Currently, aluminum is not used much in shipbuilding, and for the world, the amount used in 2013 was about 1.1% of its total consumption. 2012 domestic consumption of rolled aluminum in Japan was 974.4kt, of which 159.0kt was consumed in transportation (139.0kt in the automotive industry, accounting for 87.42%, and domestic consumption of extruded aluminum was 784.5kt, of which transportation transportation 141.9kt (131.6kt for automotive industry, accounting for 92.94%), the amount of these two kinds of aluminum in transportation accounted for 17.11% of the total consumption, while the amount of the automotive industry accounted for 89.93% of the materials used in transportation, the amount of the aviation industry and marine engineering is less than 10%, Japan is a country with an underdeveloped aerospace industry, so in the transportation with Japan is a country with an underdeveloped aerospace industry, so it is estimated that the amount of aluminum used in transportation and marine engineering will not exceed 5%, and the consumption of aluminum in Japan has long entered a stable stage, and the amount of marine engineering and ships has been hovering around 20kt/a since 2004. In the aluminum used, marine grade 5083 aluminum sheet is the main material, accounting for about 88%, and extruded material is supplementary, but the coastal facilities are mostly used for extruded material.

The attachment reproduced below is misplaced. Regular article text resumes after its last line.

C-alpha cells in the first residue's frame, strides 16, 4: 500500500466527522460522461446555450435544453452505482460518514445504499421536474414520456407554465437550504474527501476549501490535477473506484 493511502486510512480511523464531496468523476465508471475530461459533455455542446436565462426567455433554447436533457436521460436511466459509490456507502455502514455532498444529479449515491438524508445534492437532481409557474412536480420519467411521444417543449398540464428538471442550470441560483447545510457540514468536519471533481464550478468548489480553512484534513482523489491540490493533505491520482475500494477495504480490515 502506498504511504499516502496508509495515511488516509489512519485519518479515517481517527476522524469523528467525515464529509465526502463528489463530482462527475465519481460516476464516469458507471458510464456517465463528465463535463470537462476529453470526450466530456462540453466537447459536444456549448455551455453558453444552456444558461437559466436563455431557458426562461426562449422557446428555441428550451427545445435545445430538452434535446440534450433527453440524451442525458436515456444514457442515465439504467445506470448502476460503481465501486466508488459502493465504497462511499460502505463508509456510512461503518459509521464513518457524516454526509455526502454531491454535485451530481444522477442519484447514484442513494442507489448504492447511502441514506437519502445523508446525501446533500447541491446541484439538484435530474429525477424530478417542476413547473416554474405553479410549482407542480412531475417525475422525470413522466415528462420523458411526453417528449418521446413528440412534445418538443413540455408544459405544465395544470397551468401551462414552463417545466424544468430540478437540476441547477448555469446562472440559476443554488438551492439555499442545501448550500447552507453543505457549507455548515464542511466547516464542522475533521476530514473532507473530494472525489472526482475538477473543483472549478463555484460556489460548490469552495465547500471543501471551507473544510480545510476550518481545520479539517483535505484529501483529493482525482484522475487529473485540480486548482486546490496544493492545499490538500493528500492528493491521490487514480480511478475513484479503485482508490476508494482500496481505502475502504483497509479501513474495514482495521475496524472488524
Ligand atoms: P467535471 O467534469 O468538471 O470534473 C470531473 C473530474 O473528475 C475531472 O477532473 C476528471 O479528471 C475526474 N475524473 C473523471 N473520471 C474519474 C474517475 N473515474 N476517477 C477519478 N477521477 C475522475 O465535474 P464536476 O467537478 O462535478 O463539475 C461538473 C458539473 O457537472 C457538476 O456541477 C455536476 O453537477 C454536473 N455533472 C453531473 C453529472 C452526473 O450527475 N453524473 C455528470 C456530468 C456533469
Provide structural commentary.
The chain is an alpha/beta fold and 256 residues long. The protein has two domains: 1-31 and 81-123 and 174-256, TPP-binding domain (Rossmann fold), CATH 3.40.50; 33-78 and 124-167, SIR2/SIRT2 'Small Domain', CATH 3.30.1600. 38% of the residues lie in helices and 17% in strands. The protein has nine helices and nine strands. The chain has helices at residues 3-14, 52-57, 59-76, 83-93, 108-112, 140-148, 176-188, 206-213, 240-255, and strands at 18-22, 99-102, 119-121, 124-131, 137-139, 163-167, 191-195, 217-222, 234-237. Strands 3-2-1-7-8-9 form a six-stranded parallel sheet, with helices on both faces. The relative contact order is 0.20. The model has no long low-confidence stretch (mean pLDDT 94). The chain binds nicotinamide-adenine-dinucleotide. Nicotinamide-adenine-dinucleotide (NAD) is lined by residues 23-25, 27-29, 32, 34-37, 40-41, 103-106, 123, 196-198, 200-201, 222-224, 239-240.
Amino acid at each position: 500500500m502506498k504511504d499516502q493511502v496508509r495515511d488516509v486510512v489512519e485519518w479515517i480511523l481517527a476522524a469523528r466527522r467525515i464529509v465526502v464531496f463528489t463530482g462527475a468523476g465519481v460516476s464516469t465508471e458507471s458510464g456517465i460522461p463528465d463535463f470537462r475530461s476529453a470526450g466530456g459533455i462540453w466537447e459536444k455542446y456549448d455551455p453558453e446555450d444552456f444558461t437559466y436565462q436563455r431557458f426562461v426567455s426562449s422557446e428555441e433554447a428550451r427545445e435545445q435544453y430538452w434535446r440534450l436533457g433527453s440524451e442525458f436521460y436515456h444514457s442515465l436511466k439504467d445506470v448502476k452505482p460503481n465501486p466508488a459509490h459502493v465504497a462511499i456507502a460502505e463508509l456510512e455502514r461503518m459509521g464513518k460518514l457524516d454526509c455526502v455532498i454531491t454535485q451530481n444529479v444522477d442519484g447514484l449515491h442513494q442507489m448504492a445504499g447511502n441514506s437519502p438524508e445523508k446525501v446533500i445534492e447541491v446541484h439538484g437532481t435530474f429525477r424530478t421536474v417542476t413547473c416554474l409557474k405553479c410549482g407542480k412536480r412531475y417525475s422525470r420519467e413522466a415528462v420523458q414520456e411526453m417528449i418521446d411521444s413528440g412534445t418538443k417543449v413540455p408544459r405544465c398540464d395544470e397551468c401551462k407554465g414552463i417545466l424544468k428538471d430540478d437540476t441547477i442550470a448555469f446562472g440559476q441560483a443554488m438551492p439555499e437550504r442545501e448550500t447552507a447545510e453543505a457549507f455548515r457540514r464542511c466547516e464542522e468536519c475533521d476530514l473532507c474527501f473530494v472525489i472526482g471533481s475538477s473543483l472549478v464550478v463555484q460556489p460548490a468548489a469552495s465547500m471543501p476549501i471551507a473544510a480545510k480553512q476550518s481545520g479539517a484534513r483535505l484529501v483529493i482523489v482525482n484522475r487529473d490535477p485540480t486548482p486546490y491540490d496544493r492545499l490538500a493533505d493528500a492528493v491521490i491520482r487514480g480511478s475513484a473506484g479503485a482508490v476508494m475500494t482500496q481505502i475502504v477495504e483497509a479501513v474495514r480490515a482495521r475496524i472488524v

Chinese ships with aluminum alloy structure is different from Japan, Japan is a large LNG (liquefied natural gas) ship manufacturing country, the ship has four huge with marine grade 5083 aluminum sheet welded LNG tank, the amount of marine grade 5083 aluminum sheet about 4kt / a ship, China built LNG ships with meta-low temperature brittle Fe-Ni-Mn steel, China only some marine grade 5083 aluminum sheet manufacturing small and medium-sized ships, it is estimated that in 2014 China’s shipbuilding industry with of aluminum is less than 230kt, which is less than 1% of the total apparent consumption of aluminum. However, with the acceleration and increase of China’s advancement to an ocean power, the amount of aluminum in ships, naval vessels and marine engineering will have greater growth, but the average annual growth rate will not exceed 7.5% before 2025.